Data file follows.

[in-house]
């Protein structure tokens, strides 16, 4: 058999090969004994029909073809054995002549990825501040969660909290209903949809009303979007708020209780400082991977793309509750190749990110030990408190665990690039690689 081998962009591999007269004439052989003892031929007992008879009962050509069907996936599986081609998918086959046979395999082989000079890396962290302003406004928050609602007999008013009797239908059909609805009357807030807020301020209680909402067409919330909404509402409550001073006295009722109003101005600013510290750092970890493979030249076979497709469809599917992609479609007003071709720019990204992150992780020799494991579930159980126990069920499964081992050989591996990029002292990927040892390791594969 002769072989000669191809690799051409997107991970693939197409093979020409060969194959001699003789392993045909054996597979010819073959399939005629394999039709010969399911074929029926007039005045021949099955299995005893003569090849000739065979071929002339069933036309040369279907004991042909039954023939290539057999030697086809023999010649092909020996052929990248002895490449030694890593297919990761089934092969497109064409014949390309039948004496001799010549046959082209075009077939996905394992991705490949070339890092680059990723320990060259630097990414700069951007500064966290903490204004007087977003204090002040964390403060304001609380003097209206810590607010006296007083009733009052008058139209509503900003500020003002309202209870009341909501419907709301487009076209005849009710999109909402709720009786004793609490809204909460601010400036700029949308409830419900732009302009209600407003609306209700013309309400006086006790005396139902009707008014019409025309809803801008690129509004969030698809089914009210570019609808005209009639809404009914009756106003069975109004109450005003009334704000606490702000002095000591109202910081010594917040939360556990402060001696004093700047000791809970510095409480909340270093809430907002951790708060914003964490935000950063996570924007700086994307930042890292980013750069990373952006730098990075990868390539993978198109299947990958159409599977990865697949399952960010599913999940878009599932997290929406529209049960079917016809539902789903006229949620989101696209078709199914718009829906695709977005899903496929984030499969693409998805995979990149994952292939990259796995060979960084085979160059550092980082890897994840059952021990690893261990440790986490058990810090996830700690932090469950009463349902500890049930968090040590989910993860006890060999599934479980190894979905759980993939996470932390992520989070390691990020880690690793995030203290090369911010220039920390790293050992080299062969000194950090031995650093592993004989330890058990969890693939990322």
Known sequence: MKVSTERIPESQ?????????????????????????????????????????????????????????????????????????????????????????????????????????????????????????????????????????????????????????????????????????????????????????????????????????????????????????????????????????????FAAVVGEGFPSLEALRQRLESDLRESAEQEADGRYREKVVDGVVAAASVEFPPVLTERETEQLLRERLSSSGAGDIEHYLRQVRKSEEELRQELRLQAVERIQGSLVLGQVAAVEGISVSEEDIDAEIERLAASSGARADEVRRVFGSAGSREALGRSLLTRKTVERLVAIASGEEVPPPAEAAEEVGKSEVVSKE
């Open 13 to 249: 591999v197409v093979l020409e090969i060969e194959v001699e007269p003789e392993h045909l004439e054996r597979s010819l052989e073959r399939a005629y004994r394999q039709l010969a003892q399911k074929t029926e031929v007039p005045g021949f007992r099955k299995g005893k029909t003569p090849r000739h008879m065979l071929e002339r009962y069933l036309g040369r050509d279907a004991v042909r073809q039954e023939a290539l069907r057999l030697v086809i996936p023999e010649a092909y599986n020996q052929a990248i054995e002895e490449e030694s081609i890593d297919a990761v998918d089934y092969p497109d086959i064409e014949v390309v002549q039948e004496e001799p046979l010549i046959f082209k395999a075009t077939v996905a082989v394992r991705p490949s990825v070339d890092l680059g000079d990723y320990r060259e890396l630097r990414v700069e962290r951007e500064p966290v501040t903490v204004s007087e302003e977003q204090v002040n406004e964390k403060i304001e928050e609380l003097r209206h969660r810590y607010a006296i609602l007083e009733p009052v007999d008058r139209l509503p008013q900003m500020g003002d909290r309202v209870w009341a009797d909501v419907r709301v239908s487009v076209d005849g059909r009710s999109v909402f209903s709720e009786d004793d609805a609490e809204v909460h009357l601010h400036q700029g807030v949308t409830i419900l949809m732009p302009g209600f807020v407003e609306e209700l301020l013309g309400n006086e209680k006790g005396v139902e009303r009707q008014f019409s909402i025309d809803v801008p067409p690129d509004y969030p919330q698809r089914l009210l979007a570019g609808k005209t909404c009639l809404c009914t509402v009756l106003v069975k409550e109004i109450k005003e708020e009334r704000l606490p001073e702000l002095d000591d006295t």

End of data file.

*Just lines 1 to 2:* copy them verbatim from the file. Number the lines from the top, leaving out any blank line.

[in-house]
């Protein structure tokens, strides 16, 4: 058999090969004994029909073809054995002549990825501040969660909290209903949809009303979007708020209780400082991977793309509750190749990110030990408190665990690039690689 081998962009591999007269004439052989003892031929007992008879009962050509069907996936599986081609998918086959046979395999082989000079890396962290302003406004928050609602007999008013009797239908059909609805009357807030807020301020209680909402067409919330909404509402409550001073006295009722109003101005600013510290750092970890493979030249076979497709469809599917992609479609007003071709720019990204992150992780020799494991579930159980126990069920499964081992050989591996990029002292990927040892390791594969 002769072989000669191809690799051409997107991970693939197409093979020409060969194959001699003789392993045909054996597979010819073959399939005629394999039709010969399911074929029926007039005045021949099955299995005893003569090849000739065979071929002339069933036309040369279907004991042909039954023939290539057999030697086809023999010649092909020996052929990248002895490449030694890593297919990761089934092969497109064409014949390309039948004496001799010549046959082209075009077939996905394992991705490949070339890092680059990723320990060259630097990414700069951007500064966290903490204004007087977003204090002040964390403060304001609380003097209206810590607010006296007083009733009052008058139209509503900003500020003002309202209870009341909501419907709301487009076209005849009710999109909402709720009786004793609490809204909460601010400036700029949308409830419900732009302009209600407003609306209700013309309400006086006790005396139902009707008014019409025309809803801008690129509004969030698809089914009210570019609808005209009639809404009914009756106003069975109004109450005003009334704000606490702000002095000591109202910081010594917040939360556990402060001696004093700047000791809970510095409480909340270093809430907002951790708060914003964490935000950063996570924007700086994307930042890292980013750069990373952006730098990075990868390539993978198109299947990958159409599977990865697949399952960010599913999940878009599932997290929406529209049960079917016809539902789903006229949620989101696209078709199914718009829906695709977005899903496929984030499969693409998805995979990149994952292939990259796995060979960084085979160059550092980082890897994840059952021990690893261990440790986490058990810090996830700690932090469950009463349902500890049930968090040590989910993860006890060999599934479980190894979905759980993939996470932390992520989070390691990020880690690793995030203290090369911010220039920390790293050992080299062969000194950090031995650093592993004989330890058990969890693939990322």